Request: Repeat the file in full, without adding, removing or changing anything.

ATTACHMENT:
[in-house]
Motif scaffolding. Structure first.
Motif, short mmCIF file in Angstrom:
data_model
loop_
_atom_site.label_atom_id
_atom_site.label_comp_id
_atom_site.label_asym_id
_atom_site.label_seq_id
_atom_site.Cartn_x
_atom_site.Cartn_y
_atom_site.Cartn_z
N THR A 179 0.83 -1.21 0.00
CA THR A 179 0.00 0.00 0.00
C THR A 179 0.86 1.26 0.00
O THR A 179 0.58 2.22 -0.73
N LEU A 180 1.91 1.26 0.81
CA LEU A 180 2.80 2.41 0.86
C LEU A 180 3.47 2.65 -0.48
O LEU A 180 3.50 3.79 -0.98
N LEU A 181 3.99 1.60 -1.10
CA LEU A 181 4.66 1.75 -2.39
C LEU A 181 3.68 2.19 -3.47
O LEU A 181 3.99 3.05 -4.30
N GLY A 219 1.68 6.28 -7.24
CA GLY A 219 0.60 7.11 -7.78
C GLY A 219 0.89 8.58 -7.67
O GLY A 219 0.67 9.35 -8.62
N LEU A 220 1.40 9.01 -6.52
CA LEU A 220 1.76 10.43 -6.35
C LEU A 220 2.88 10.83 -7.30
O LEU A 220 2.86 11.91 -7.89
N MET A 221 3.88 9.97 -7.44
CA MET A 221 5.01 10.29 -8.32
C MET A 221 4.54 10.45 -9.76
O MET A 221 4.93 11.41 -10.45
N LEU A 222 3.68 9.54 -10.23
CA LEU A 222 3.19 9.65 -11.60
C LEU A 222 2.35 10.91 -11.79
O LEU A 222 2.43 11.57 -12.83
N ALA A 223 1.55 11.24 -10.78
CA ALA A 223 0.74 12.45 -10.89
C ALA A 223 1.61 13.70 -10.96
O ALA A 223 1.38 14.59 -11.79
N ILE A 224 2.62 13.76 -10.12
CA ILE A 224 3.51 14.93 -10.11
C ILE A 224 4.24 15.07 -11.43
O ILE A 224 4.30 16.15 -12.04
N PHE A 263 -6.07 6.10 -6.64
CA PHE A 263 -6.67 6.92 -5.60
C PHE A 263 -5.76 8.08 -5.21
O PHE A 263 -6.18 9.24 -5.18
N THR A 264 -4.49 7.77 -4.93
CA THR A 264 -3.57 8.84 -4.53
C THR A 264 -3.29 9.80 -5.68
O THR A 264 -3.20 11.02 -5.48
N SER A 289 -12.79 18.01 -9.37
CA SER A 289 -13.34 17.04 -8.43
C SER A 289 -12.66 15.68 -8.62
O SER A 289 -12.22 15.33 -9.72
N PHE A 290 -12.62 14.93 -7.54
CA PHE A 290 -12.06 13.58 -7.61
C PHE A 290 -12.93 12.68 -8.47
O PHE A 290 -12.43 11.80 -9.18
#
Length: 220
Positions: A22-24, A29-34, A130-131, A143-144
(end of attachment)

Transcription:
[in-house]
Motif scaffolding. Structure first.
Motif, short mmCIF file in Angstrom:
data_model
loop_
_atom_site.label_atom_id
_atom_site.label_comp_id
_atom_site.label_asym_id
_atom_site.label_seq_id
_atom_site.Cartn_x
_atom_site.Cartn_y
_atom_site.Cartn_z
N THR A 179 0.83 -1.21 0.00
CA THR A 179 0.00 0.00 0.00
C THR A 179 0.86 1.26 0.00
O THR A 179 0.58 2.22 -0.73
N LEU A 180 1.91 1.26 0.81
CA LEU A 180 2.80 2.41 0.86
C LEU A 180 3.47 2.65 -0.48
O LEU A 180 3.50 3.79 -0.98
N LEU A 181 3.99 1.60 -1.10
CA LEU A 181 4.66 1.75 -2.39
C LEU A 181 3.68 2.19 -3.47
O LEU A 181 3.99 3.05 -4.30
N GLY A 219 1.68 6.28 -7.24
CA GLY A 219 0.60 7.11 -7.78
C GLY A 219 0.89 8.58 -7.67
O GLY A 219 0.67 9.35 -8.62
N LEU A 220 1.40 9.01 -6.52
CA LEU A 220 1.76 10.43 -6.35
C LEU A 220 2.88 10.83 -7.30
O LEU A 220 2.86 11.91 -7.89
N MET A 221 3.88 9.97 -7.44
CA MET A 221 5.01 10.29 -8.32
C MET A 221 4.54 10.45 -9.76
O MET A 221 4.93 11.41 -10.45
N LEU A 222 3.68 9.54 -10.23
CA LEU A 222 3.19 9.65 -11.60
C LEU A 222 2.35 10.91 -11.79
O LEU A 222 2.43 11.57 -12.83
N ALA A 223 1.55 11.24 -10.78
CA ALA A 223 0.74 12.45 -10.89
C ALA A 223 1.61 13.70 -10.96
O ALA A 223 1.38 14.59 -11.79
N ILE A 224 2.62 13.76 -10.12
CA ILE A 224 3.51 14.93 -10.11
C ILE A 224 4.24 15.07 -11.43
O ILE A 224 4.30 16.15 -12.04
N PHE A 263 -6.07 6.10 -6.64
CA PHE A 263 -6.67 6.92 -5.60
C PHE A 263 -5.76 8.08 -5.21
O PHE A 263 -6.18 9.24 -5.18
N THR A 264 -4.49 7.77 -4.93
CA THR A 264 -3.57 8.84 -4.53
C THR A 264 -3.29 9.80 -5.68
O THR A 264 -3.20 11.02 -5.48
N SER A 289 -12.79 18.01 -9.37
CA SER A 289 -13.34 17.04 -8.43
C SER A 289 -12.66 15.68 -8.62
O SER A 289 -12.22 15.33 -9.72
N PHE A 290 -12.62 14.93 -7.54
CA PHE A 290 -12.06 13.58 -7.61
C PHE A 290 -12.93 12.68 -8.47
O PHE A 290 -12.43 11.80 -9.18
#
Length: 220
Positions: A22-24, A29-34, A130-131, A143-144